The issue of unequal racial outcomes across society is becoming ever more urgent, as publication of the prime minister’s ‘race audit’ demonstrated. Theresa May has rightly challenged the Ministry of Justice to address disparities in how people from different backgrounds are treated by the justice system. But the legal profession might take her cue to take a fresh look at itself.
Marking Black History Month, the Law Society’s entrance hall is displaying banner photographs of prominent black lawyers. A glance at the banners or a look at the 500-page Black Letter Law guide makes it obvious that the list of high achievers is longer than many would assume.
And yet – it is hardly ‘job done’. Black History Month is a moment to reflect on the legal profession’s uneven progress against a racial metric, especially in the more monied parts of the profession. For many lawyers who appear on those banners, their achievements were possible because their early work attracted public funding as they built a reputation. Such funding is now scarce.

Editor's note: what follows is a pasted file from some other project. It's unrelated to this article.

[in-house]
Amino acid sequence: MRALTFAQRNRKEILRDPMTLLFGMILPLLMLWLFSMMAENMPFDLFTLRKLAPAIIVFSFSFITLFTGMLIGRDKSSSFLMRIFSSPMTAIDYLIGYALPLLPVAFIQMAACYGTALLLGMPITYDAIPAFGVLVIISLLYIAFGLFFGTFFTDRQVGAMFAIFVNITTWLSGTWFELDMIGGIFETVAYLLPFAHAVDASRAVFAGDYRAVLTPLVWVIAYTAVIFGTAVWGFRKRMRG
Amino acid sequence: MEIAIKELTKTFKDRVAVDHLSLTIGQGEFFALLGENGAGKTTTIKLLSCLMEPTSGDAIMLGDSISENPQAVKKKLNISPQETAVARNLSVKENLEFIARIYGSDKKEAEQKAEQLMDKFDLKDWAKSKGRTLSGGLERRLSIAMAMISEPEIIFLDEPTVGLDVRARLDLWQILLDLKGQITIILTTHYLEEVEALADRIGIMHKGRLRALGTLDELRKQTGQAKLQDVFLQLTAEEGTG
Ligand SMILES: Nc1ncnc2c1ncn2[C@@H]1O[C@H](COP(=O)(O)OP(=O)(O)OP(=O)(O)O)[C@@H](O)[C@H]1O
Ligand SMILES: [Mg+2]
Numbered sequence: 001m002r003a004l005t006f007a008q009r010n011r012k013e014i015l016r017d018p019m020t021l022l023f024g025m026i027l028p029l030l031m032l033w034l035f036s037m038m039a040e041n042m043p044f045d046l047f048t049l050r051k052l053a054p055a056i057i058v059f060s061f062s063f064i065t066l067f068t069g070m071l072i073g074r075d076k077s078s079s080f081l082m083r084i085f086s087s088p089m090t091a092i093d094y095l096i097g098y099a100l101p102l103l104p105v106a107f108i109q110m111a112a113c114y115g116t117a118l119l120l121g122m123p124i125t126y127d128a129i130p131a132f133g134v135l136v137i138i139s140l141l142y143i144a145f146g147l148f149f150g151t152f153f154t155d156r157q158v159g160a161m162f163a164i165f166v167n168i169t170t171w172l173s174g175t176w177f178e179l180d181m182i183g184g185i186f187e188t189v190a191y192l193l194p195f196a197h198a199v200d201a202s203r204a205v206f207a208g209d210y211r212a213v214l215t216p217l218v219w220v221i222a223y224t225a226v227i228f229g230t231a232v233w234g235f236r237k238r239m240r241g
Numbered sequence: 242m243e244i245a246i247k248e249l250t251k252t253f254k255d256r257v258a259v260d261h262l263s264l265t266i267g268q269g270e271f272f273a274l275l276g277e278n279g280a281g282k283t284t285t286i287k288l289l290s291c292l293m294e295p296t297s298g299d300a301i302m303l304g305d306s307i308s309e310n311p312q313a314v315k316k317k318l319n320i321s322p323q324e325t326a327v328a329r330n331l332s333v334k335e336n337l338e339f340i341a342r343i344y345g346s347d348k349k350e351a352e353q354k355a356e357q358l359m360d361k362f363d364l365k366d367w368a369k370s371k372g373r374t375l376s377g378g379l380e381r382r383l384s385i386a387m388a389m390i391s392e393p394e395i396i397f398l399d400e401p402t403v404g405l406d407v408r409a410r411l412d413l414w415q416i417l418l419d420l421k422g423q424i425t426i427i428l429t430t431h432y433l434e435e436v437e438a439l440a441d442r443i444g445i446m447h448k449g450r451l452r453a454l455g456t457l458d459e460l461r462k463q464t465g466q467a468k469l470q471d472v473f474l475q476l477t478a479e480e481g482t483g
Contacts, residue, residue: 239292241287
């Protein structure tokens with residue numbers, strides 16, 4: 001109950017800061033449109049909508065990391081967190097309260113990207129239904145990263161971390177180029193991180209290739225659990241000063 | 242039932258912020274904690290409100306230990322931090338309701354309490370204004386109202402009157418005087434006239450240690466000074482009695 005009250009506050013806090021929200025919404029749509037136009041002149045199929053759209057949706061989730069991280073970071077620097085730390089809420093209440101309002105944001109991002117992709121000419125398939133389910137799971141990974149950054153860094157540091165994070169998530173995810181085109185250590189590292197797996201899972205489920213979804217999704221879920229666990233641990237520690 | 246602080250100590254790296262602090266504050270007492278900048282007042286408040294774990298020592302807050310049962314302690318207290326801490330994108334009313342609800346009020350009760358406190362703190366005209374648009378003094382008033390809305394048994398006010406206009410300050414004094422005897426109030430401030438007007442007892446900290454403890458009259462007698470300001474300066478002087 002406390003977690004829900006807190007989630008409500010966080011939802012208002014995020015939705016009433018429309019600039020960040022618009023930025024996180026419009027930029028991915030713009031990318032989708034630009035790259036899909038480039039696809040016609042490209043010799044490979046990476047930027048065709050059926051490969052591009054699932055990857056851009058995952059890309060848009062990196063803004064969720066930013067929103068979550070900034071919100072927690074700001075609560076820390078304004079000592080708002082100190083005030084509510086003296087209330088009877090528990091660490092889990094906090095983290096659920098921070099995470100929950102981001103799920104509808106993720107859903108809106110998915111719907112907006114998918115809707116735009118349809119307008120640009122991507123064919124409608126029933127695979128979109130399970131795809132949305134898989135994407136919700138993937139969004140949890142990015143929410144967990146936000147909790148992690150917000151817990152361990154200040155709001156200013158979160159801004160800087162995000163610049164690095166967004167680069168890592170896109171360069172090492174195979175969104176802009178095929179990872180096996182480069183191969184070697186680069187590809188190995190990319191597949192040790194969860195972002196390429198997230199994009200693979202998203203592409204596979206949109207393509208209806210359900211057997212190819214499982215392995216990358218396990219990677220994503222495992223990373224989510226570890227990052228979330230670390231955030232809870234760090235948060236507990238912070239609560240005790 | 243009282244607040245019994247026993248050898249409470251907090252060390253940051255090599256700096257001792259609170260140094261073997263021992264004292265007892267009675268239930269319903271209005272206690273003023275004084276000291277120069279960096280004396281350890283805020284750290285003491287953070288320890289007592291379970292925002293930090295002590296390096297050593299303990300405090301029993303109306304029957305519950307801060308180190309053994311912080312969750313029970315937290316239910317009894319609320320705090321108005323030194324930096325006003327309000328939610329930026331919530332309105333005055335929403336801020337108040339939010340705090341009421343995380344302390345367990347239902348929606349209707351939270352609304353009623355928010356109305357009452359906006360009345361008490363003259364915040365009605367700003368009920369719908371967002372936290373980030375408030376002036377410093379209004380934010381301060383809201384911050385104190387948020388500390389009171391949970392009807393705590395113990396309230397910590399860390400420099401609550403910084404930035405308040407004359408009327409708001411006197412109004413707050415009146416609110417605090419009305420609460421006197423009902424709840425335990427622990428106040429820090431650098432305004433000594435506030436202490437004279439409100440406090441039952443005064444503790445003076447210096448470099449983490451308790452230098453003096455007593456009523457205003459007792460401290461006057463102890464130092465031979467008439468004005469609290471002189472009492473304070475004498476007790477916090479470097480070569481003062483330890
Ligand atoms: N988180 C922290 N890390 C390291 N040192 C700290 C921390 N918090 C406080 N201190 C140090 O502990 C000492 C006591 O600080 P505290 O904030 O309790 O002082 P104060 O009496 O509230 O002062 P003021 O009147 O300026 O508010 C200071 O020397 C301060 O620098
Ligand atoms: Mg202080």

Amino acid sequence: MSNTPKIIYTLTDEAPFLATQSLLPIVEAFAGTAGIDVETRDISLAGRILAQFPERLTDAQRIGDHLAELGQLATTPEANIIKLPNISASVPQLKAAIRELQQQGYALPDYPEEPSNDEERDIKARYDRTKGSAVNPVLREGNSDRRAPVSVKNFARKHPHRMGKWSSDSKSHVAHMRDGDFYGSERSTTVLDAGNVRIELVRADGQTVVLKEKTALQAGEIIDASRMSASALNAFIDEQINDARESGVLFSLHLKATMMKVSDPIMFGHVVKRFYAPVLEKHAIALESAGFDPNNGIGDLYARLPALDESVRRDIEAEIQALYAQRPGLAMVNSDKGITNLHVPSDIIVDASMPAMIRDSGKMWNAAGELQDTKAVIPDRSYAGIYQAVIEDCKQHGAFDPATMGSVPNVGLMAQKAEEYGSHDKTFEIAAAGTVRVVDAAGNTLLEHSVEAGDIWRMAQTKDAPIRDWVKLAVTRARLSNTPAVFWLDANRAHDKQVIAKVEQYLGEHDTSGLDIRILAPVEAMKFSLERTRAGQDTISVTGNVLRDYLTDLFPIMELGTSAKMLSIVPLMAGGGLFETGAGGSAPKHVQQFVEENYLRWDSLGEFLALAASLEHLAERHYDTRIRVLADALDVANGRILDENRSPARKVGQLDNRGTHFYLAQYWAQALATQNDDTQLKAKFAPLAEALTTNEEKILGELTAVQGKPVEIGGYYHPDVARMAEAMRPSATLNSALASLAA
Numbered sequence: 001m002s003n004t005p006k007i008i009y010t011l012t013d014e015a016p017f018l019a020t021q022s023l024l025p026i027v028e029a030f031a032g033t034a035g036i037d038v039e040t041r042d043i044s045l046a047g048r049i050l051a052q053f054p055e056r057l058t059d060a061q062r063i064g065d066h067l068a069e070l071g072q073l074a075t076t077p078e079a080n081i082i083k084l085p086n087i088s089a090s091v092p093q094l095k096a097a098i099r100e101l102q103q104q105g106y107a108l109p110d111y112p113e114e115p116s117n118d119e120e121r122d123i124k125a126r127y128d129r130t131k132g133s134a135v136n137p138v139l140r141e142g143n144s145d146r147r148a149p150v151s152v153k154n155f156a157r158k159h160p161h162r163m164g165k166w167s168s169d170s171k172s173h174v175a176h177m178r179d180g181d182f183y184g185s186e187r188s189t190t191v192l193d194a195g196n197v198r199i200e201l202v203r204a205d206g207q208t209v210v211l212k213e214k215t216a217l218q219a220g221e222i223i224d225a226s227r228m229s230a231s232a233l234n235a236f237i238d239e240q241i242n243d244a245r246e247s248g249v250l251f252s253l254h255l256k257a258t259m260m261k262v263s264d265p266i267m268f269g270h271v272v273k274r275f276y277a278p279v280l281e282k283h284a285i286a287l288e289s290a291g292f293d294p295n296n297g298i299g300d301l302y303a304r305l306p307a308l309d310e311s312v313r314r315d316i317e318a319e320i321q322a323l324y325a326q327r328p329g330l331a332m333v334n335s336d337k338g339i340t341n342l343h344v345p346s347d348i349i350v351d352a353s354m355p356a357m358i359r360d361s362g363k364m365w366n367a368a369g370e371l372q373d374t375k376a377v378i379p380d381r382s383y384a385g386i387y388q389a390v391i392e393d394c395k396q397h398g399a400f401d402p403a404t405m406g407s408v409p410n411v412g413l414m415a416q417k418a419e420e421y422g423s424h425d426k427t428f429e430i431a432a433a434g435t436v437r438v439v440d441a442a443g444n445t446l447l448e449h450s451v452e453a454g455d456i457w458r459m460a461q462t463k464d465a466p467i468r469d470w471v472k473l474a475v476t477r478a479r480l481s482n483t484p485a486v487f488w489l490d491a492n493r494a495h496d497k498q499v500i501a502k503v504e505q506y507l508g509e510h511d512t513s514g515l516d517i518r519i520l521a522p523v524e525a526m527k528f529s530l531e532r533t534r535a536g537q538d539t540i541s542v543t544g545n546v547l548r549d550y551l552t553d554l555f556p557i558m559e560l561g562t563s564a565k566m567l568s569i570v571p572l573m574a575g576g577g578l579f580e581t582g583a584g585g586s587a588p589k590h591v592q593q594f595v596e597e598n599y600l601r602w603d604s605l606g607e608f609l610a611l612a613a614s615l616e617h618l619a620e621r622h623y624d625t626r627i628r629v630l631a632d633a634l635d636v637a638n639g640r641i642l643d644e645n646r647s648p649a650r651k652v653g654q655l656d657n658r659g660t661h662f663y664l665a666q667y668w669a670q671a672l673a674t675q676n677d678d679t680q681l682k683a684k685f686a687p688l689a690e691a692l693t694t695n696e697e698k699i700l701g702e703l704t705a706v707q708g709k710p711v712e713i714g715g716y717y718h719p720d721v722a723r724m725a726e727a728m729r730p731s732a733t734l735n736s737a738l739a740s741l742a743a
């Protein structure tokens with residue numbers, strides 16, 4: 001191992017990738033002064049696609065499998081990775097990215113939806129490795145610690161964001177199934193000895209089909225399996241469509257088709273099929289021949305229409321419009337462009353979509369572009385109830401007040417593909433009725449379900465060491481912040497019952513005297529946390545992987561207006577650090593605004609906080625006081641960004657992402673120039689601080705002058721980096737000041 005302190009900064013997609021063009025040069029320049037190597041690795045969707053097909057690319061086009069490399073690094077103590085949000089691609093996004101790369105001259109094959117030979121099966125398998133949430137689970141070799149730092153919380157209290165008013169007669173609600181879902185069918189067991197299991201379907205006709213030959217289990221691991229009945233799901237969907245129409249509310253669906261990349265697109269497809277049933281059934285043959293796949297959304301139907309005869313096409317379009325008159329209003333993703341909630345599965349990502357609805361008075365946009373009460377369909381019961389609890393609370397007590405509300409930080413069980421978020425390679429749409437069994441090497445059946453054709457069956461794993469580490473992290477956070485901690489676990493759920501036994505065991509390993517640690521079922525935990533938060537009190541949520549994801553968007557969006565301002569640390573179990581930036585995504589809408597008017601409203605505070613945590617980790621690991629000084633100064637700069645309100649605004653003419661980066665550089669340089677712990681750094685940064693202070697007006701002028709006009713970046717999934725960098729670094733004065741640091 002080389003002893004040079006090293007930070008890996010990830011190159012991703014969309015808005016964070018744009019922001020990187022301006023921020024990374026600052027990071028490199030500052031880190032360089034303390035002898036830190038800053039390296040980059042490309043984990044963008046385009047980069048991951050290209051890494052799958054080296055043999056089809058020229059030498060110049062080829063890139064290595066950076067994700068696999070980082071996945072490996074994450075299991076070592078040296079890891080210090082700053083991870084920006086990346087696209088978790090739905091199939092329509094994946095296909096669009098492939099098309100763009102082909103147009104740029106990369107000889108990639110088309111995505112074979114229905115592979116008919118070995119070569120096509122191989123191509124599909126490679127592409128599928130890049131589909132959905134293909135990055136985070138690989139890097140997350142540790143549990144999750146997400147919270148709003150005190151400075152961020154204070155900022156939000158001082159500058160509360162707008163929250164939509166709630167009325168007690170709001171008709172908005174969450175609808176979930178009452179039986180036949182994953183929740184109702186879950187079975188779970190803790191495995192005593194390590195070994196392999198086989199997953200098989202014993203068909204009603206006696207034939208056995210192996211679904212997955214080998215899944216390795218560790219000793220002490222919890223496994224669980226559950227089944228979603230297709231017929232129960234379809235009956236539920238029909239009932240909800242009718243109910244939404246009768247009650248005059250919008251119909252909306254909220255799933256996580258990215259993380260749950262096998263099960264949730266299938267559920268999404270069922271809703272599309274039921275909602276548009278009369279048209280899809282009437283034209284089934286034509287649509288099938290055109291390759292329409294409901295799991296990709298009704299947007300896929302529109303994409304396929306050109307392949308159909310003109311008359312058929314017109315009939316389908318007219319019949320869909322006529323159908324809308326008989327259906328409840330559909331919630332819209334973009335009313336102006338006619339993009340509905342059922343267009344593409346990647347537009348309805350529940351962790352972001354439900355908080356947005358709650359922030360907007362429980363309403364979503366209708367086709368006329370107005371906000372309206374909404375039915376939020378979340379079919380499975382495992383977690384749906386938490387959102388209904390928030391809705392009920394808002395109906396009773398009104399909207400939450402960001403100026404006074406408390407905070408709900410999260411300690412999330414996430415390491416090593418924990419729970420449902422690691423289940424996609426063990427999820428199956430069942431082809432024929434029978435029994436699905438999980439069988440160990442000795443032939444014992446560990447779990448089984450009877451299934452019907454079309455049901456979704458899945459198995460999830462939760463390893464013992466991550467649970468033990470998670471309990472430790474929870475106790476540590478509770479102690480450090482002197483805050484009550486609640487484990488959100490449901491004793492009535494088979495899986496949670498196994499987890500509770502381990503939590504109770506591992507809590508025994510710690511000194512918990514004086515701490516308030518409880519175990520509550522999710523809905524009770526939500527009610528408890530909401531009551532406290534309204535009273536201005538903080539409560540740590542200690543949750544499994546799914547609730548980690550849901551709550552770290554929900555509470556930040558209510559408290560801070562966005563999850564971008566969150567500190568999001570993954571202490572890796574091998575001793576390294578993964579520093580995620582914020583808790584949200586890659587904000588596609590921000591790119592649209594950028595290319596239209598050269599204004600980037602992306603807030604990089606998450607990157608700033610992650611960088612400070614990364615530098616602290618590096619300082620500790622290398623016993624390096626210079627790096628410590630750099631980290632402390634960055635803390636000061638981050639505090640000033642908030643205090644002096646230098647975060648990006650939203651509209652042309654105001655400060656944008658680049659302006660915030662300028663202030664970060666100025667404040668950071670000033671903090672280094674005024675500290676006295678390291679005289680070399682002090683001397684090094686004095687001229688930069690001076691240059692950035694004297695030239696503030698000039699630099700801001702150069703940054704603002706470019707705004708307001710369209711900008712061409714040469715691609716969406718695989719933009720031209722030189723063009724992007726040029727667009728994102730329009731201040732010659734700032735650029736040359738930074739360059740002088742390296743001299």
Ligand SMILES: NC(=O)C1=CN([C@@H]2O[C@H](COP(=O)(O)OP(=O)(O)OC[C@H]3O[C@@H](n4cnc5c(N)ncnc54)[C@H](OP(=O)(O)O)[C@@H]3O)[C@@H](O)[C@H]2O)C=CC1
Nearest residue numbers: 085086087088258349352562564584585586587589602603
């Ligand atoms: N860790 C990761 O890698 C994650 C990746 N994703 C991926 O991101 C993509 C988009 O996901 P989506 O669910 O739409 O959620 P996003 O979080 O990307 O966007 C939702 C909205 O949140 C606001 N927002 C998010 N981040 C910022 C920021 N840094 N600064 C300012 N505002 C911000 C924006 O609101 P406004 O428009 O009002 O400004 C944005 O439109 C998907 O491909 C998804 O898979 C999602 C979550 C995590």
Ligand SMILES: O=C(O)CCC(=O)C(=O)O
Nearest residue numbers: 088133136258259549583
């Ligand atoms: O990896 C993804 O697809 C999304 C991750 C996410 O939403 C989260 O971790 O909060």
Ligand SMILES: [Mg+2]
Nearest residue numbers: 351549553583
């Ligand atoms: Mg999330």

Some of the most prominent black lawyers started their professional life in Commonwealth jurisdictions, which is a credit to them and the common law tradition. But there is certainly a lot more to do in England and Wales.
Diversity is an issue all professions should approach with a degree of humility. We live in an age of data – and the data is telling us unequivocally we can and must do better.